“XXX’s and OOO’s (An American Girl)”
Written by Matraca Berg and Alice Randall
#1 (2 weeks)
September 10 – September 17, 1994
Radio & Records
#1 (1 week)
September 9, 1994
Three legendary women pool their talents to create one massive hit.
The Road to No. 1
After “The Song Remembers When” went No. 1, MCA pulled only one more single from the album of the same name. “Better Your Heart Than Mine” peaked outside the top twenty. Yearwood’s only album release in 1994 was her Christmas set, The Sweetest Gift. But she still managed to earn a No. 1 hit, thanks to an ill-fated network pilot needing someone to sing its theme song.
The No. 1
“XXX’s and OOO’s (An American Girl)” is the first nineties No. 1 from one of the decade’s most essential songwriters, Matraca Berg. She co-wrote it with author Alice Randall, who made it a personal – and successful – goal to be the first black woman to write a No. 1 country hit. The song was originally intended for Wynonna, but Trisha Yearwood stepped in when Wynonna fell ill when the time came to record it.
The song captures the role of women in transition, as they are now expected to be breadwinners but are also still responsible for all of the domestic duties. Capturing the story of a woman trying to make it “in her Daddy’s world,” she’s gone from ribbons and bows to mowing the yard, fixing the sink, and relying on God, good wine, Aretha Franklin, and Patsy Cline to get her through the day.
Yearwood sings the fire out of it, as should be expected. In retrospect, at least in terms of this feature, “XXX’s and OOO’s” is the most important mile-marker for women in the genre since “Don’t Tell Me What to Do” in 1991. There is a perspective shift here, with the real life experiences of modern women taking center stage for the first time, with their male partners present but relegated to the background.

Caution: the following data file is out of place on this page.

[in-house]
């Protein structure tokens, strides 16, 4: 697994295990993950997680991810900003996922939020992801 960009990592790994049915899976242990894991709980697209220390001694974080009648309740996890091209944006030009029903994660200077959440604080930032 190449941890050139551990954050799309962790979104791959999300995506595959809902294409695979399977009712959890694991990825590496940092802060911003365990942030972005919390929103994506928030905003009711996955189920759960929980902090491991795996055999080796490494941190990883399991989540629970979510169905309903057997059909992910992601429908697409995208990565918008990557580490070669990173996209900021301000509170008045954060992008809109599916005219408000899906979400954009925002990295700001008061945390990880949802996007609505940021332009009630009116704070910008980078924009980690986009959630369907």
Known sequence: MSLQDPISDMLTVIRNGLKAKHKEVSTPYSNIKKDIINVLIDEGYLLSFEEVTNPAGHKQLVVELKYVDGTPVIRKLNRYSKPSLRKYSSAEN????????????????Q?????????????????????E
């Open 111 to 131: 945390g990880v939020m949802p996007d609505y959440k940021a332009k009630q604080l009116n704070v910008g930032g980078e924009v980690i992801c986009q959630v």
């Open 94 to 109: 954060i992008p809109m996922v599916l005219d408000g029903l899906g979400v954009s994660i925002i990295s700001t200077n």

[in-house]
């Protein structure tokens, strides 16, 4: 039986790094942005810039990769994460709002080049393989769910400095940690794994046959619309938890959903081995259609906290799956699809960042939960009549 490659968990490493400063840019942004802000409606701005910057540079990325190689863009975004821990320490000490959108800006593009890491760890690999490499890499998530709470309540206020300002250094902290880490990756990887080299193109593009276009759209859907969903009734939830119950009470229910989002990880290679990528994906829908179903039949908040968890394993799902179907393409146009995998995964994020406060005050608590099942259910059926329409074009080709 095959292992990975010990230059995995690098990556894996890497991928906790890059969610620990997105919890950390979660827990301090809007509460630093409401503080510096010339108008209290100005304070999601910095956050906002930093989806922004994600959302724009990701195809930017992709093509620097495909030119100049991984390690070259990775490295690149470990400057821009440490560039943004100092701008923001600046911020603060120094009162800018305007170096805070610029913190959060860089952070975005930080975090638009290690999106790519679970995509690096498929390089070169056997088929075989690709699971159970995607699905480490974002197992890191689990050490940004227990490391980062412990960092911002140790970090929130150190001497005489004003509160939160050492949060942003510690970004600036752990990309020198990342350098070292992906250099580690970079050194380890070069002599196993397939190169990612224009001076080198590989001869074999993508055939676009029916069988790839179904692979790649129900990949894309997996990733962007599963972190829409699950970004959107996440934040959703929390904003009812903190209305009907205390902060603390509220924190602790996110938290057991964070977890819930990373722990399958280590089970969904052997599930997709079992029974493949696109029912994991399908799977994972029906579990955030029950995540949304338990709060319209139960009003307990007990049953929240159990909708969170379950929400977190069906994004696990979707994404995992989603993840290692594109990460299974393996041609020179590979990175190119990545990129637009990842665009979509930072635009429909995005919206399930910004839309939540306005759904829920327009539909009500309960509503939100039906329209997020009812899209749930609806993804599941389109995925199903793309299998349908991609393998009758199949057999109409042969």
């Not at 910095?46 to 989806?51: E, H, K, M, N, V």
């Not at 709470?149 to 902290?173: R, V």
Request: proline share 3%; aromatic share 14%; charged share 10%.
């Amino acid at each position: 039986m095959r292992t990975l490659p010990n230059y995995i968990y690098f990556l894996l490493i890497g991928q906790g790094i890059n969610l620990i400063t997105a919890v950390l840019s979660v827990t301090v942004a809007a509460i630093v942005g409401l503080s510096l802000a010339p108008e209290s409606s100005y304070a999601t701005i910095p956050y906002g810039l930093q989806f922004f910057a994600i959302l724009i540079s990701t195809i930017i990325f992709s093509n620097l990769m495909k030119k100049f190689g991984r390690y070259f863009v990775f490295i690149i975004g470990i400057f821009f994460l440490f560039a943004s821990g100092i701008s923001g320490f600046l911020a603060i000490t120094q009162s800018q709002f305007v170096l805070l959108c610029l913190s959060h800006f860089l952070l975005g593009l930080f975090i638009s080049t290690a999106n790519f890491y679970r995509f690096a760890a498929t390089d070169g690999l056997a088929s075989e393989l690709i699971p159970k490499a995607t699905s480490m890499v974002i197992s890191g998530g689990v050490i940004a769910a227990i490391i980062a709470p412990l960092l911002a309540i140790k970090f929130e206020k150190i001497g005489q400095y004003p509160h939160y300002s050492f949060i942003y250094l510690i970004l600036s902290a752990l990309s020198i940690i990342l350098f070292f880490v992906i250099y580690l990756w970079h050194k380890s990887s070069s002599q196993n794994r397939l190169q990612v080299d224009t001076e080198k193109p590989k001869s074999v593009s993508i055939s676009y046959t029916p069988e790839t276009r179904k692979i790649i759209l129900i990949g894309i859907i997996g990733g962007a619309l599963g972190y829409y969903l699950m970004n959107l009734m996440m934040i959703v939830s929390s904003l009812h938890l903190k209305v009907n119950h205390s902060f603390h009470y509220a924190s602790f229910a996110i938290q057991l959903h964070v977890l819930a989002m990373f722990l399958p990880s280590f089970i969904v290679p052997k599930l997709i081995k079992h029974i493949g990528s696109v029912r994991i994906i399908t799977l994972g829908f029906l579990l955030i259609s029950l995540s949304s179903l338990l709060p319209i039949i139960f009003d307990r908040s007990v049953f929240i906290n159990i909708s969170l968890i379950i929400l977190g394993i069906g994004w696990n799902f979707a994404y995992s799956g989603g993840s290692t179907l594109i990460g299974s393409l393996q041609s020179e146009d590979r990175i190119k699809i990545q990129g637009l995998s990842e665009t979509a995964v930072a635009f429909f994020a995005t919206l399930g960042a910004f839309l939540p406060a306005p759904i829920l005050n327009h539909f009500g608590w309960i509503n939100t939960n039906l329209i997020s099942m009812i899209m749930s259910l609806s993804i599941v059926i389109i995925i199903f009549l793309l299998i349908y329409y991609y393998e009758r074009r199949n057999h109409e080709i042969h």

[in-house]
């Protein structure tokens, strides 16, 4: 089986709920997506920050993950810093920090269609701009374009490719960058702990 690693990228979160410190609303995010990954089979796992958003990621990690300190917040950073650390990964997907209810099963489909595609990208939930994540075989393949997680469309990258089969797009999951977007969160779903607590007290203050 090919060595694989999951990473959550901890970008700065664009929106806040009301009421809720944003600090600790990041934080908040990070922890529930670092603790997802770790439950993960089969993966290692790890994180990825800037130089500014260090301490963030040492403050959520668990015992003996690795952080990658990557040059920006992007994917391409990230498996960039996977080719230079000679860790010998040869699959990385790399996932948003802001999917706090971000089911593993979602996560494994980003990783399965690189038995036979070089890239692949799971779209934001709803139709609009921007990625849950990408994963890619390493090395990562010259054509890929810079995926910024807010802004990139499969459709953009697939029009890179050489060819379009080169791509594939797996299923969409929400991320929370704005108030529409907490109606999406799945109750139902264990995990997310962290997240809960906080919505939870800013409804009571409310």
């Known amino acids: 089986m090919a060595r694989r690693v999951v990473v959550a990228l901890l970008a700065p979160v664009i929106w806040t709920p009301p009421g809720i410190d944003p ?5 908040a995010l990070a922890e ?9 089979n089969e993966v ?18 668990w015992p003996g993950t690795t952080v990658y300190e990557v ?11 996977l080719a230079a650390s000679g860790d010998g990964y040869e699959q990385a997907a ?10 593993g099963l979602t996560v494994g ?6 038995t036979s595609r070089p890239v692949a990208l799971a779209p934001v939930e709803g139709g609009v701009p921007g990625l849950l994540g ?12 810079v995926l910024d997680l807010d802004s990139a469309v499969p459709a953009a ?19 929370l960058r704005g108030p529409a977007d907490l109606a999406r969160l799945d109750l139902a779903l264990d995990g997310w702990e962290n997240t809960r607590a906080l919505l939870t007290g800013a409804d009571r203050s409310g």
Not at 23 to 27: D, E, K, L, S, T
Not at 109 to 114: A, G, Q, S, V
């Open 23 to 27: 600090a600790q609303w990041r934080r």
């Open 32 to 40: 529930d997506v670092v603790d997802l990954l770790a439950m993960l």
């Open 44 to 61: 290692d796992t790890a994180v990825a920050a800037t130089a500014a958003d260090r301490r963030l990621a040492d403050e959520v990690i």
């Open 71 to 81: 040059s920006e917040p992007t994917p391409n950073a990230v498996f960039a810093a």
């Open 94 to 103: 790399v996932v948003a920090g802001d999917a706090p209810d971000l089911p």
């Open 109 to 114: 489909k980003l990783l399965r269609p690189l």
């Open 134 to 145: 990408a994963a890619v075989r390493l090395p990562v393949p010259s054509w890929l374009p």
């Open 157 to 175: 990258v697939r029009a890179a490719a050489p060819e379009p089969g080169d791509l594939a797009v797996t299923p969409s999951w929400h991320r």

There’s been a lot of chatter in the comments about how 1994 marked a steep decline in quality, and when you’re looking at the male acts still dominating the radio, that’s indisputably true.
“XXX’s and OOO’s” signals that the women are ready to take it from here, and for the remainder of the decade, women will dominate the genre creatively and commercially in a way they never had before and haven’t done since. Yearwood and Berg are two of the most essential contributors to this golden age of women in country music, and this classic record strongly showcases both of their formidable talents.
Meanwhile, Alice Randall moved on to an award-winning literary career, highlighted by her stellar The Wind Done Gone retelling of Gone With the Wind from the perspective of Scarlett’s half-sister Cynara, an enslaved woman with a very different take on the events of the original book.
The Road From No. 1
Yearwood would include this stopgap single on her 1995 studio album, Thinkin’ About You. We’ll see that album’s title track in early 1995.
“XXX’s and OOO’s (An American Girl)” gets an A.
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